A Buddha or an arahant is defined as someone who "knows and sees reality as-it-is" (yathā bhūta ñāna dassana). Gata "gone" is the past passive participle of the verbal root gam "go, travel". Āgata "come" is the past passive participle of the verb meaning "come, arrive".

Thus in this interpretation Tathāgata means literally either “the one who has gone to suchness” or "the one who has arrived at suchness".

Another interpretation, proposed by the scholar Richard Gombrich, is based on the fact that that, when used as a suffix in compounds, -gata often loses its literal meaning and signifies instead "being". Tathāgata would thus mean "one like that", with no motion in either direction.

According to Theodore Stcherbatsky, the term Tathagata has a non-Buddhist origin, and is best understood when compared to its usage in non-Buddhist works, such as the Mahabharata. Stcherbatsky gives the following example from the Mahabharata:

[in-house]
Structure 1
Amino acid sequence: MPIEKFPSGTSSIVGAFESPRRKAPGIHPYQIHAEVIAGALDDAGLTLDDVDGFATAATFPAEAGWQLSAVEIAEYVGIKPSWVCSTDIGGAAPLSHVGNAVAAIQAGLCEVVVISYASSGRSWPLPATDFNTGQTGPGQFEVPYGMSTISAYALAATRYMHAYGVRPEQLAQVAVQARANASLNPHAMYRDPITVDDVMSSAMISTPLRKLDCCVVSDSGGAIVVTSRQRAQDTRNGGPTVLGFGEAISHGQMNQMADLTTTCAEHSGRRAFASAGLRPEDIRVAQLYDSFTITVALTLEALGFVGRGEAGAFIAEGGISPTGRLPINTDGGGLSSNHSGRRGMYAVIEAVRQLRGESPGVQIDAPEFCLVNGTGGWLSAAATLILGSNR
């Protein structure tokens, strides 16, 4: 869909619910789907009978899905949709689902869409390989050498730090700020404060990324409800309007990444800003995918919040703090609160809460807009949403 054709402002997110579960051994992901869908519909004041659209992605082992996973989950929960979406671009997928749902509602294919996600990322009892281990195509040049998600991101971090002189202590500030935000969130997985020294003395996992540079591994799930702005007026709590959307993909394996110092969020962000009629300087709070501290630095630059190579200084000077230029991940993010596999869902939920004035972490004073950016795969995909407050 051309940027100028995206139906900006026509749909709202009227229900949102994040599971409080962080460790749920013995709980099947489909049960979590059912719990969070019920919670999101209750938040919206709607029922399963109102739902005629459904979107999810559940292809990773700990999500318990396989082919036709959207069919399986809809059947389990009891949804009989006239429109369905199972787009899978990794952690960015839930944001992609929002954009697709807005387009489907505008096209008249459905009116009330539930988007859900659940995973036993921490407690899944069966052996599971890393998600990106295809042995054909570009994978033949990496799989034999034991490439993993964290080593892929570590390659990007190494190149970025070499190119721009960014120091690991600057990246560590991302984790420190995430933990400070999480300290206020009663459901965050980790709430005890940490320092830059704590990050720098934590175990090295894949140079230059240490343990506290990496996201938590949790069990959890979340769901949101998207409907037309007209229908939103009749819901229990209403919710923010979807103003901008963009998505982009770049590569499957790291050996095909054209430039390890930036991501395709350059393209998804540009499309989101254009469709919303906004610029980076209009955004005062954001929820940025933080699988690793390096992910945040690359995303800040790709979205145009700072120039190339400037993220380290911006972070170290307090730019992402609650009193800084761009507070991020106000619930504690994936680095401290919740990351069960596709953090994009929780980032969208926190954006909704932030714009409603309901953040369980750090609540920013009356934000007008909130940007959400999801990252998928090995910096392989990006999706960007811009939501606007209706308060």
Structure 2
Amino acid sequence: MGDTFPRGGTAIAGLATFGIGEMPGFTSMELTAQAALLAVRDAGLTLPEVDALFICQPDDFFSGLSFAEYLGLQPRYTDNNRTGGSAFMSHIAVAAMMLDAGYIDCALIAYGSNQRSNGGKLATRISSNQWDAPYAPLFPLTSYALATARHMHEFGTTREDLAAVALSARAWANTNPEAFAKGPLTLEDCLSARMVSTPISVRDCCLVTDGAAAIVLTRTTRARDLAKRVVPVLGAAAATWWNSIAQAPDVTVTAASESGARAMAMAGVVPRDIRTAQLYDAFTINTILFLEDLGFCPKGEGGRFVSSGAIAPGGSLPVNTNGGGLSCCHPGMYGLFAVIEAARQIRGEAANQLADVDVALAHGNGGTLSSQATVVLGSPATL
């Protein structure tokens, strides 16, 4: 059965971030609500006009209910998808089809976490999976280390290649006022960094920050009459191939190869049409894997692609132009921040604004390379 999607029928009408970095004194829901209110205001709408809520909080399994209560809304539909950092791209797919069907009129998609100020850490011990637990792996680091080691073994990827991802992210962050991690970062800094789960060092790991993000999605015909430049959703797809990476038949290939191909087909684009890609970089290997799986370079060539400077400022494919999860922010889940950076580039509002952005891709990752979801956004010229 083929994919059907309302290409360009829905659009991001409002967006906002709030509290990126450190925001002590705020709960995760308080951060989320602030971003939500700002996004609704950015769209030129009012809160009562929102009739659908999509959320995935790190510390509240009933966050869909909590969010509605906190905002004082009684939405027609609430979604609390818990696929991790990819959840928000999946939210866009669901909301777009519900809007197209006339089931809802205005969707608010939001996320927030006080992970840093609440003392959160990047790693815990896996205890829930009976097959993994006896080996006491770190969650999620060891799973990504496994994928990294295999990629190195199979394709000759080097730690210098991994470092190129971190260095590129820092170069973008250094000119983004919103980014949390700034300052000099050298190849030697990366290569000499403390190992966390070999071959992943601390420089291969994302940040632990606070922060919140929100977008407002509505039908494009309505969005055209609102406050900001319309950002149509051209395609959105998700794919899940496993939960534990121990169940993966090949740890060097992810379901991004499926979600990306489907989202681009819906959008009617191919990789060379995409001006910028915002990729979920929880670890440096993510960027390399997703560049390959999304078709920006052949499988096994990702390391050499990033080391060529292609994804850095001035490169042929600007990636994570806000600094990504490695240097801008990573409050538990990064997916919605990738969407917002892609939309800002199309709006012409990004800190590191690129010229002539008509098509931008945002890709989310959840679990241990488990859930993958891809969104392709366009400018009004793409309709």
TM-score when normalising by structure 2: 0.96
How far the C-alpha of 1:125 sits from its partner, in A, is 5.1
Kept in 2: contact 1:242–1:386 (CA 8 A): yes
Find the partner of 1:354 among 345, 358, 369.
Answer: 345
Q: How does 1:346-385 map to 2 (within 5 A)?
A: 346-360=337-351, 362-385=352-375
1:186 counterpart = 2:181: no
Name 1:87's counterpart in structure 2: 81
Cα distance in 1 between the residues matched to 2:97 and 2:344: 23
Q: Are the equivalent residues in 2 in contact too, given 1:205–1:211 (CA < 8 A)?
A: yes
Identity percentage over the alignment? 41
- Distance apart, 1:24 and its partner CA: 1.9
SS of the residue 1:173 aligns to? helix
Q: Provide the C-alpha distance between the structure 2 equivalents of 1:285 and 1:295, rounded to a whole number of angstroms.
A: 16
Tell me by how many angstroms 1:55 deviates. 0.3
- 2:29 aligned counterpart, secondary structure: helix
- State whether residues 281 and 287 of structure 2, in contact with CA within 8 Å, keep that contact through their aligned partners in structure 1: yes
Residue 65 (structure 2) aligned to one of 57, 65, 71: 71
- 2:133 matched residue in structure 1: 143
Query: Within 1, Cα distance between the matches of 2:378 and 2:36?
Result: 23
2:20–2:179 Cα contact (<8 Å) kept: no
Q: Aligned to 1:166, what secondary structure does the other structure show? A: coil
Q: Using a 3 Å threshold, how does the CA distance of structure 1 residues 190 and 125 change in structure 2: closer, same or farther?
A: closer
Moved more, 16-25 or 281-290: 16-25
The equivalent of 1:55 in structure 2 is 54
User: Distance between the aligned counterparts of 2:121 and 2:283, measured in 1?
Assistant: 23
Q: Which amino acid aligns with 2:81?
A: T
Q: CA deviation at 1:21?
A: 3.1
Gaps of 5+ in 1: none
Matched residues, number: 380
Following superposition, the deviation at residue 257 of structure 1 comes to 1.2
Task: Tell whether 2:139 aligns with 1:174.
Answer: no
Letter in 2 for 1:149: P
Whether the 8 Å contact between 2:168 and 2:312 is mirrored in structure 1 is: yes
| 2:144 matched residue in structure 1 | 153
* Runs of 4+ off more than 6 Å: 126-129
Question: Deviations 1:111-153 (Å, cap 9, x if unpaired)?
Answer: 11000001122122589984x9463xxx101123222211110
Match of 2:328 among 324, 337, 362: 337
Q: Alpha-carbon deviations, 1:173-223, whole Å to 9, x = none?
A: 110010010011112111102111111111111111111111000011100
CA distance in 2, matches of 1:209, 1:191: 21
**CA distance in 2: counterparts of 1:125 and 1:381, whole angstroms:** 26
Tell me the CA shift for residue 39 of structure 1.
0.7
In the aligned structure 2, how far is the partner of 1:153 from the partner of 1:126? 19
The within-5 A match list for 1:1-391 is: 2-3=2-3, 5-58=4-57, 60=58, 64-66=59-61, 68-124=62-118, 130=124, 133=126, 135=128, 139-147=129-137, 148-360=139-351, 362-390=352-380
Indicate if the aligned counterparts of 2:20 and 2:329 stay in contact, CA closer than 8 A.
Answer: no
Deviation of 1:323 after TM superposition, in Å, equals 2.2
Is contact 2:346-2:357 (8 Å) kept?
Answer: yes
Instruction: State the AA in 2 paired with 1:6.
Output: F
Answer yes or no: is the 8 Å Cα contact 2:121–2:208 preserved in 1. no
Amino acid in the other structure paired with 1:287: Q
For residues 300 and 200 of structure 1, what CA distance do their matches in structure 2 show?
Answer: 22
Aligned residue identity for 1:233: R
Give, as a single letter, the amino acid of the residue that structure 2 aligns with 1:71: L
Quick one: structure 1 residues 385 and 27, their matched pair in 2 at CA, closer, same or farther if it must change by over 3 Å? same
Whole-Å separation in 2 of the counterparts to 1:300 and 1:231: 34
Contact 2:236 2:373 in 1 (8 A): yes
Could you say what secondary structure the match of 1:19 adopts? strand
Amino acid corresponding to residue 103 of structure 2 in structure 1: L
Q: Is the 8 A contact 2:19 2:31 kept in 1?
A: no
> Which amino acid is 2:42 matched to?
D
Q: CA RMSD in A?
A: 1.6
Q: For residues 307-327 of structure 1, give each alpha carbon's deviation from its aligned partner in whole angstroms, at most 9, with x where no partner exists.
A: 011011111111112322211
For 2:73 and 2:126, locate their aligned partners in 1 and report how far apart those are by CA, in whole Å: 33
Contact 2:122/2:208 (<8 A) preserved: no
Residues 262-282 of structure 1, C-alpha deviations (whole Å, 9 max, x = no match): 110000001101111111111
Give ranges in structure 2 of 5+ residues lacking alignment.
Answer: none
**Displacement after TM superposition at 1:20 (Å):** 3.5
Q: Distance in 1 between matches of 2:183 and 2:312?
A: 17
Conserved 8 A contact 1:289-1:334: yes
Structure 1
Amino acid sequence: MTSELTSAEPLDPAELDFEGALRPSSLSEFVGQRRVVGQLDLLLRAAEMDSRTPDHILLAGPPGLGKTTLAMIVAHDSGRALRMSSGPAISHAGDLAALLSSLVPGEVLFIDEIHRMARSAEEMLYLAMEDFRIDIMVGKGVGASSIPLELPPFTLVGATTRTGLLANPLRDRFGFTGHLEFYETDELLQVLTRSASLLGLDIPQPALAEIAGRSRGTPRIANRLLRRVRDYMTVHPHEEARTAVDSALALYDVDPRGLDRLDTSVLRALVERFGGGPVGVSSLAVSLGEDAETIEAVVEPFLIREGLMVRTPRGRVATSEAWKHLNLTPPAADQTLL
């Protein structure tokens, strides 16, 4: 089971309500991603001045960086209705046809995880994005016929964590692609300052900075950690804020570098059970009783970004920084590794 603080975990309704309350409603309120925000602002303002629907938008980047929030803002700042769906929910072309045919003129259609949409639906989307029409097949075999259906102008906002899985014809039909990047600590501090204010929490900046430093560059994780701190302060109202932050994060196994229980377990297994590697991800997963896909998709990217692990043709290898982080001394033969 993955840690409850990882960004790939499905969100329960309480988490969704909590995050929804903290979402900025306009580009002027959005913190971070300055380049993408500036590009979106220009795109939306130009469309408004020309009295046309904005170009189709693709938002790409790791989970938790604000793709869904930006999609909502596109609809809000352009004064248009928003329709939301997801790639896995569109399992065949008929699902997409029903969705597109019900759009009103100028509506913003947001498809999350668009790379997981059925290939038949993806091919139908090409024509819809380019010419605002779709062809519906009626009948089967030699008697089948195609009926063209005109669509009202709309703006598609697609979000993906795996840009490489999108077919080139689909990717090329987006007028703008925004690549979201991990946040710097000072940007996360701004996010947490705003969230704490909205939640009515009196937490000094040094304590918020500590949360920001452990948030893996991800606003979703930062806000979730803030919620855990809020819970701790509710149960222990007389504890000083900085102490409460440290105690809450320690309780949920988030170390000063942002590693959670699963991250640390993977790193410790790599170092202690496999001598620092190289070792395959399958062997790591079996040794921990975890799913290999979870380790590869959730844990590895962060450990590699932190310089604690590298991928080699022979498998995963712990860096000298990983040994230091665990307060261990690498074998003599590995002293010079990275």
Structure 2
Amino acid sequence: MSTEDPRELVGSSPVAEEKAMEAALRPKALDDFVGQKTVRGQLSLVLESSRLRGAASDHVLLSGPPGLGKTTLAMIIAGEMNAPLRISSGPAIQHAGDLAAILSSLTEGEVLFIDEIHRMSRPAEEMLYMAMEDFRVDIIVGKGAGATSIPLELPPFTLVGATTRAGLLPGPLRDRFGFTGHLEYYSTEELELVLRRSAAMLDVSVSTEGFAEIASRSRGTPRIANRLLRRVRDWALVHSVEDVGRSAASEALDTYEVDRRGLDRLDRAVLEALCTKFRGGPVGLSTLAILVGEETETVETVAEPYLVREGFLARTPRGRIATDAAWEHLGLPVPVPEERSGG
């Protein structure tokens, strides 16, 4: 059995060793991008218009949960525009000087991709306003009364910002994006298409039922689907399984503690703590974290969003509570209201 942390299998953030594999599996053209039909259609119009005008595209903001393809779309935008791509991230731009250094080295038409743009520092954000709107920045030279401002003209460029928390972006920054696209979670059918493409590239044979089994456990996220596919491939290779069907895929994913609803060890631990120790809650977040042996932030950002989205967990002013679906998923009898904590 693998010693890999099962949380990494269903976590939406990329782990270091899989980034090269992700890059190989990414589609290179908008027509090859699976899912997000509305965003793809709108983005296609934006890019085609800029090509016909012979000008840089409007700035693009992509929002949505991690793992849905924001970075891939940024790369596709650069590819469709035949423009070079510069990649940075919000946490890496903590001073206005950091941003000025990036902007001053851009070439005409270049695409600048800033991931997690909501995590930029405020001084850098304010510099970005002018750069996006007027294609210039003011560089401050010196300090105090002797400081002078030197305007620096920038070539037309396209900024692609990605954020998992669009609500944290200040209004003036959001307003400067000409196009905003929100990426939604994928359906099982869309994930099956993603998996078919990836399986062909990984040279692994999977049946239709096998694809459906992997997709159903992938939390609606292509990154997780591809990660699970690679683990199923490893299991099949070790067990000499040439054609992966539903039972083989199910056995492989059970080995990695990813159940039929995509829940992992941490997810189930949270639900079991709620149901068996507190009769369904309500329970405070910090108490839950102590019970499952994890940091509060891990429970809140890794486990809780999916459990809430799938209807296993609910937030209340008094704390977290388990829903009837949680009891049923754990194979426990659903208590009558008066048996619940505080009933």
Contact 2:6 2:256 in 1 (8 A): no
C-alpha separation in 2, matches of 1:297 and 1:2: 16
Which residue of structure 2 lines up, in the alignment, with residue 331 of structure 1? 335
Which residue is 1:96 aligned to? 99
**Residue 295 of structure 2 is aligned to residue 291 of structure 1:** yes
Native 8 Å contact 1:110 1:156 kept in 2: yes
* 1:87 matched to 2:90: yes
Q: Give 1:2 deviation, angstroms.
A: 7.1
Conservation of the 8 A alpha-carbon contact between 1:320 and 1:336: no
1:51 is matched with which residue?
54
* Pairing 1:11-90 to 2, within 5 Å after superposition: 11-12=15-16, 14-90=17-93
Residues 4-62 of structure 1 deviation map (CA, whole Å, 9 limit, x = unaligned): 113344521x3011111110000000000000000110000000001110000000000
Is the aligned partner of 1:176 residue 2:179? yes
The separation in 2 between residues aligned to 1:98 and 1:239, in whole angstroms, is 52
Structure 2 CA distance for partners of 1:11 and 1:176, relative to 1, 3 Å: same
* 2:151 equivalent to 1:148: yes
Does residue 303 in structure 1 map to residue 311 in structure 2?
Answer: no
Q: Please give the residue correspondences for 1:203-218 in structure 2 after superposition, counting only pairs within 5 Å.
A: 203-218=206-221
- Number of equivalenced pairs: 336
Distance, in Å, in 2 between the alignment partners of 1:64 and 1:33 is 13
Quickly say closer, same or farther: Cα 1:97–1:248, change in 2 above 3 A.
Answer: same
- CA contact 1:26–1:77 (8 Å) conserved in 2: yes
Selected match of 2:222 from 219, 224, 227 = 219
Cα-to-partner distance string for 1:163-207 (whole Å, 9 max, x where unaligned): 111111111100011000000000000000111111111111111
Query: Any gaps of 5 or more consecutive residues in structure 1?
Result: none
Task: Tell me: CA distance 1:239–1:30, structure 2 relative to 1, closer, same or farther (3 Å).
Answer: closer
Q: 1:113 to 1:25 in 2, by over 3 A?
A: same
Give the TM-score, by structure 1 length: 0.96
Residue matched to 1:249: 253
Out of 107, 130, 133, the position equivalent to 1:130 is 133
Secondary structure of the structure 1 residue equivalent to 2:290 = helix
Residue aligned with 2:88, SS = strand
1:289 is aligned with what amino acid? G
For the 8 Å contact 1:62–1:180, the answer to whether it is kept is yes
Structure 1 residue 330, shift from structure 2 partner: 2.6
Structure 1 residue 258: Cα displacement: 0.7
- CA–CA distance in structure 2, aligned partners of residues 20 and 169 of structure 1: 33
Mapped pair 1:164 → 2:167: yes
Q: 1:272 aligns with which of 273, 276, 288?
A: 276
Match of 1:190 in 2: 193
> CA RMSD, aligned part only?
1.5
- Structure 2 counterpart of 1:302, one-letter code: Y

Just as the footprints of birds (flying) in the sky and fish (swimming) in water cannot be seen, Thus (tātha) is going (gati) of those who have realized the Truth.

Buddha uses the term to refer to himself rather than saying, I, me or myself.

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  • Mahabharata is obviously post Buddhism. Also, the word gati appears to be a verb. Jun 6, 2023 at 1:19
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Tatha means "truth", "reality" or literally "so", "such".

gata is often translated as gone, however from my research it looks like it is a suffix that means "firmly grounded in" or "rooted in" -- as in kayagata smrti "mindfulness rooted in the body".

Together this would make Tathagata mean "Firmly established in reality".

I personally associate this word with two other terms: sugata and duggata.